Impact of Diet and Lifestyle on Cancer Risk – Many Are Not Informed

Jun 3, 2009 by

Impact of Diet and Lifestyle on Cancer Risk – Many Are Not Informed

Further, the proportion of the general population which has these unhealthy habits is high and seems to be on the rise. For example, in 2006, 38% and 24% of adults in England were overweight and obese respectively. In that year, only 32% of men and 42% of women had healthy body weight, down from 1993 figures of 41% and 49% respectively. Obesity in boys increased from 11% in 1995 to 17% in 2006, while the rate in girls went from 12% to 15% in that period.

In addition, children in Scotland ate too much sugar, while adults in England drank too much alcohol. Fortunately, there was reported improvement in exercise rates and reduction in average salt intake.

Awareness on the up, but still needs massive improvement

As far as awareness was concerned, at least there are signs of improvement, albeit a relatively small one. In a similar survey carried out in August 2007, 46% were not aware that poor diet can increase cancer risk (vs 41% in 2009), 53% were not aware of the overweight-cancer link (44% in 2009), while 67% were not aware of the lack-of-exercise-cancer link (58% in 2009).

It is, however, clear that more needs to be done in terms of preventive education. “Our own surveys have also found similar results. Despite substantial evidence that our lifestyles have a big influence over our risk of cancer, we still need to do more to raise awareness of this link,” said Henry Scowcroft, the science information manager at Cancer Research UK.

The good news is that people do listen when publicity is given to these issues. A WCRF-commissioned YouGov survey carried out in late 2008, a year after its 2007 report was released, revealed that some people did make dietary and lifestyle changes. This survey had involved 2,124 persons and it found that, after hearing about WCRF’s 2007 report findings, 11% tried to reduce their intake of processed meats, 26% tried to consume more fruits and vegetables, 18% tried harder to watch their weight, 18% attempted more exercise, 9% tried to reduce their alcohol intake, while 10% tried to consume less red meat.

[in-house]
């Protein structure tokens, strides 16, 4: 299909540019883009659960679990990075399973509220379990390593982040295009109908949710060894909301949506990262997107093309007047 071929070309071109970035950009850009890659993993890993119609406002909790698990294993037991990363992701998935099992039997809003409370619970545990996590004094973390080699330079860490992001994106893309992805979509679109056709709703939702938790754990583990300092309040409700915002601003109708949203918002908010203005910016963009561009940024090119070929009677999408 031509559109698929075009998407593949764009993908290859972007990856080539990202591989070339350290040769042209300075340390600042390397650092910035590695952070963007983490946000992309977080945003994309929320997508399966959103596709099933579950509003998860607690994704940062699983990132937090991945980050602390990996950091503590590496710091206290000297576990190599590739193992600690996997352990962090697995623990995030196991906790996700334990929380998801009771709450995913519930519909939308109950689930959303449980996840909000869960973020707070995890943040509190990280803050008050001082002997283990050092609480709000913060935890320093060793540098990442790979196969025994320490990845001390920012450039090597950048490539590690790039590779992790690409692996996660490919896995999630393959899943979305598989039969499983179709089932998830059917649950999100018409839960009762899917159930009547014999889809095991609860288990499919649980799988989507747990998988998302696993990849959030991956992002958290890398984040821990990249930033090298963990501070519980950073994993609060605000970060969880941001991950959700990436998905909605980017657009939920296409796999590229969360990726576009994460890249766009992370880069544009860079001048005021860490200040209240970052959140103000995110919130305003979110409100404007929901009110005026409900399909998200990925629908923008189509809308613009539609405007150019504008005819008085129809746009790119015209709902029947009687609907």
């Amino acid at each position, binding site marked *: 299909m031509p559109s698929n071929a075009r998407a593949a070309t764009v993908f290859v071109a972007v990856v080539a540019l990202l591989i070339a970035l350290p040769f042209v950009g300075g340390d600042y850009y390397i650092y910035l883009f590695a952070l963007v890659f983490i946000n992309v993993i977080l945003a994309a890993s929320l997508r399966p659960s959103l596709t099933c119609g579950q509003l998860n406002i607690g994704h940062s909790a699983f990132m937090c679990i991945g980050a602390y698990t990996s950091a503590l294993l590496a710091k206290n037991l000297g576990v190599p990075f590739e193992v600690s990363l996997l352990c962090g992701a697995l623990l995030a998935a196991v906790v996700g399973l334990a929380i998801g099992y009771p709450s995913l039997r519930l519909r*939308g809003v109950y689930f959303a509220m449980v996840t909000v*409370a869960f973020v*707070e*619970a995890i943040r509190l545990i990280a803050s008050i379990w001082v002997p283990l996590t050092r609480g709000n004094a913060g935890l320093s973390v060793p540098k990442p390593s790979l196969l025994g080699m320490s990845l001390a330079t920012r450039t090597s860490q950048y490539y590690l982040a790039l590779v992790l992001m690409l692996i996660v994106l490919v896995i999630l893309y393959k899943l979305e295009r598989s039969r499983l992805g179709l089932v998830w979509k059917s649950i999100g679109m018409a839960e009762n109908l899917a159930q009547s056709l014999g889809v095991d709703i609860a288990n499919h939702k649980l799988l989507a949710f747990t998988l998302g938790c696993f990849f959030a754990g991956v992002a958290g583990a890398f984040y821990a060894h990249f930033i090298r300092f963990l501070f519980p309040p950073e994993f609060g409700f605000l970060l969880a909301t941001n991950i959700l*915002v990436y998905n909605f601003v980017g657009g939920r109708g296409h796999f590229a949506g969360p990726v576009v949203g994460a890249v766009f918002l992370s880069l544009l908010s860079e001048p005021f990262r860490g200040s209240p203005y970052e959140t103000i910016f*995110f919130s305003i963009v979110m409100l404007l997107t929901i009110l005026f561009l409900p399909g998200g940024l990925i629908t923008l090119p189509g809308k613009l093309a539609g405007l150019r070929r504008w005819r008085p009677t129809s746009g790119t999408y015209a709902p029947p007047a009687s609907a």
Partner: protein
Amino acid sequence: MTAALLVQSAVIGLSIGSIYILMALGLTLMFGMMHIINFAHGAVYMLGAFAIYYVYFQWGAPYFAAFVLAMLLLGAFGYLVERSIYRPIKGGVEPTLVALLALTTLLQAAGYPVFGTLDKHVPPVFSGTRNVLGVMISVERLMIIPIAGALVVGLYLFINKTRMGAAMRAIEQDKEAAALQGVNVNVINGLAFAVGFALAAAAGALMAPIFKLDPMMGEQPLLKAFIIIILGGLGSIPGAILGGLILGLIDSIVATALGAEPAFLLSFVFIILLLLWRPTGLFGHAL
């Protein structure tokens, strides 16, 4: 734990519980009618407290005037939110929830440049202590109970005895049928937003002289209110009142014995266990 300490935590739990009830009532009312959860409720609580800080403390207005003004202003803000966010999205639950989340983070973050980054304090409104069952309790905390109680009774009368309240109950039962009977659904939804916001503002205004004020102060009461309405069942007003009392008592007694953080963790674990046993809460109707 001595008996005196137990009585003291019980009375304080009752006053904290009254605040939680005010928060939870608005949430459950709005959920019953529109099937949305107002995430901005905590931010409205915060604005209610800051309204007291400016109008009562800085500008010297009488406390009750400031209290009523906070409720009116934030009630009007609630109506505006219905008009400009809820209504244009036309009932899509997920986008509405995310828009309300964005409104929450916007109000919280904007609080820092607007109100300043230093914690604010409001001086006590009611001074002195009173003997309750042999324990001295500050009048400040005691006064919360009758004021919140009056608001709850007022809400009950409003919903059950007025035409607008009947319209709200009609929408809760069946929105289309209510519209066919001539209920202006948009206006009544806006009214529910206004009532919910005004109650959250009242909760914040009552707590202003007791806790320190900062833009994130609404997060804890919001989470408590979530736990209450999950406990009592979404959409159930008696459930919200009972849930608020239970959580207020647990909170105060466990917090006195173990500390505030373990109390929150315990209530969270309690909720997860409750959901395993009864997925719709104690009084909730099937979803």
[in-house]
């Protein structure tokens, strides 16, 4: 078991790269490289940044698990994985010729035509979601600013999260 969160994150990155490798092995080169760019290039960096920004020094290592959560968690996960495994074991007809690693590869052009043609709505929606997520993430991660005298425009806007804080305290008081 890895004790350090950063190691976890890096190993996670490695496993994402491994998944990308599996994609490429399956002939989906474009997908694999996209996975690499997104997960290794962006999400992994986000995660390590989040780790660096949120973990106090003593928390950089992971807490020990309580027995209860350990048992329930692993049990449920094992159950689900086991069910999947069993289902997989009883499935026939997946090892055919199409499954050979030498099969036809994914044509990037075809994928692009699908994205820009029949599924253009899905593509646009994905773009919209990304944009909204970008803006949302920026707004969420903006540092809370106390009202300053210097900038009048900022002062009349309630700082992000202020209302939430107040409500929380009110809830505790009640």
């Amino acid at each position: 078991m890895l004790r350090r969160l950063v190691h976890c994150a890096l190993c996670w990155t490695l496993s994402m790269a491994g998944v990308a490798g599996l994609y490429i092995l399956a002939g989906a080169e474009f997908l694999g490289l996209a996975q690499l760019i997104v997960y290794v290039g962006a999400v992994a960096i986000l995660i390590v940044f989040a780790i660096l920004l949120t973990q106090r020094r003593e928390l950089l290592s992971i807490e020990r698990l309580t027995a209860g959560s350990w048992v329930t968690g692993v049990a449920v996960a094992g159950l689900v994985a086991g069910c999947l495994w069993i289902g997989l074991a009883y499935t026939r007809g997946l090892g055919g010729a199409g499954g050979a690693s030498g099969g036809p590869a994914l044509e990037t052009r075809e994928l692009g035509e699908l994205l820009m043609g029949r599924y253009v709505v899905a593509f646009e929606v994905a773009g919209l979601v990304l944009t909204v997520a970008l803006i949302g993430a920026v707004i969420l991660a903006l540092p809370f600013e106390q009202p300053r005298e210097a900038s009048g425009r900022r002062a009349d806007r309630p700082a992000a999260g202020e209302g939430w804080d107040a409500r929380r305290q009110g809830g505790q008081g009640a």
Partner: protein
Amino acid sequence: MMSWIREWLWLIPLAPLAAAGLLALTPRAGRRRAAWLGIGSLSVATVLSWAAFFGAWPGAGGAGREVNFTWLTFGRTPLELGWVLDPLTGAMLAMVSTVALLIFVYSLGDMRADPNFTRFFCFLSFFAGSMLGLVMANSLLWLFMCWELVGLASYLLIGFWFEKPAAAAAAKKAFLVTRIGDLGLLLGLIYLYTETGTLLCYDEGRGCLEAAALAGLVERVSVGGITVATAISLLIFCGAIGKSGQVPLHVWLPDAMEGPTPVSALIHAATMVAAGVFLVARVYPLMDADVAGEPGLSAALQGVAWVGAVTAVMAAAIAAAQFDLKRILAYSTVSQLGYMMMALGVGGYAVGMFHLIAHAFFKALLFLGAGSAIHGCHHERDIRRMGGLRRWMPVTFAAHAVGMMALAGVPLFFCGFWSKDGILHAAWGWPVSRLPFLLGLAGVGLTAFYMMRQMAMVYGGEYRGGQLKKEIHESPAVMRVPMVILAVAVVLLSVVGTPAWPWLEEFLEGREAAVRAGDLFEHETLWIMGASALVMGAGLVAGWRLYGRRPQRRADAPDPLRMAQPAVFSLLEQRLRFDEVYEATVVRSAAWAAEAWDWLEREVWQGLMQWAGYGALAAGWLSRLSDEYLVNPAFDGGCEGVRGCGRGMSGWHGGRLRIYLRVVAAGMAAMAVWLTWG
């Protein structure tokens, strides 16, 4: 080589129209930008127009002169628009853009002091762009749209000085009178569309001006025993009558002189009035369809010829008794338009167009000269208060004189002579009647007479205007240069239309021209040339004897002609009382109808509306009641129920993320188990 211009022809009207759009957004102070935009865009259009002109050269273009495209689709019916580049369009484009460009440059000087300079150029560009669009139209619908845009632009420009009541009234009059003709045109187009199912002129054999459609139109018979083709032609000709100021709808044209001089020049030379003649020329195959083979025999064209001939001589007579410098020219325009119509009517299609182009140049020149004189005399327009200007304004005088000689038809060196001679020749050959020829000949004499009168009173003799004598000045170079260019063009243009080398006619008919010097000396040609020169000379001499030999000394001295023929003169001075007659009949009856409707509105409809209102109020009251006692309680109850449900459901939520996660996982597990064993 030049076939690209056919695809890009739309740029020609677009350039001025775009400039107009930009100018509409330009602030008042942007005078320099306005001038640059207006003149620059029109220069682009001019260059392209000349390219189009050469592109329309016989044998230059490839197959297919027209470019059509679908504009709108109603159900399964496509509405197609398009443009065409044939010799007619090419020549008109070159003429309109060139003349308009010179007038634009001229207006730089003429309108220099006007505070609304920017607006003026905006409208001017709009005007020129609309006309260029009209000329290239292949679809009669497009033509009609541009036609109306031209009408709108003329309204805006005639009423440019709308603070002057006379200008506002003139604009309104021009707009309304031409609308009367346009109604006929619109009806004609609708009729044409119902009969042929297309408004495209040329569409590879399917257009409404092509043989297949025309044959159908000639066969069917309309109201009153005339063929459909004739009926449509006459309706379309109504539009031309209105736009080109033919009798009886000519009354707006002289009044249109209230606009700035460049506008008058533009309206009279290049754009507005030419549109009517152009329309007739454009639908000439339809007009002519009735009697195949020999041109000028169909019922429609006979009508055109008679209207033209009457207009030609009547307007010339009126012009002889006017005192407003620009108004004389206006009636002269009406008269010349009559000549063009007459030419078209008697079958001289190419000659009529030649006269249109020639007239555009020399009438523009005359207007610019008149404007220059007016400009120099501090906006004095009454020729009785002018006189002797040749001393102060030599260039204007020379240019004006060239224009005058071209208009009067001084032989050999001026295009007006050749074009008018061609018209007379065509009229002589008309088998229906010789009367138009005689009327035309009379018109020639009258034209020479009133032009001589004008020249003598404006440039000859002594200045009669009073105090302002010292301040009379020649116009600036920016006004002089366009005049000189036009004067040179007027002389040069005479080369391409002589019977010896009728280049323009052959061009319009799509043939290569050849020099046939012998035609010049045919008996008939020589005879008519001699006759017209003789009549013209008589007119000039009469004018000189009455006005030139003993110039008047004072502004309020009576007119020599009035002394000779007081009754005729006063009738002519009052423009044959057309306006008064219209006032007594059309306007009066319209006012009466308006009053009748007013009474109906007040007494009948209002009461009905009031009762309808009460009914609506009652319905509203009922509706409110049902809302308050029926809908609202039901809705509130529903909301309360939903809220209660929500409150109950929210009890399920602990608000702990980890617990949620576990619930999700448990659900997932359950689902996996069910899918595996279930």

Another interesting statistic was the impact on different age groups. The 2008 YouGov survey reported that 37% of those above 55 tried to reduce their processed meat intake, as compared with a mere 6% of those aged 18 to 34. In the recent 2009 survey, those aged 35 to 44 were found to be the most informed, with those aged 18 to 24 being on the opposite end of the scale. These figures imply that more effort needs to be put into educating and convincing young adults.

And while these surveys relate to Britain, it is quite likely that the overall story and trend in the United States and many other countries would not be very different. Education must continue, and hopefully the right information will get out to the general public.


Many unaware of link between poor diet and cancer (

Cancer study helped diet changes (

Diet, Lifestyle and Weight Statistics (

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1 Comment

  1. thank you, this one help me alot.

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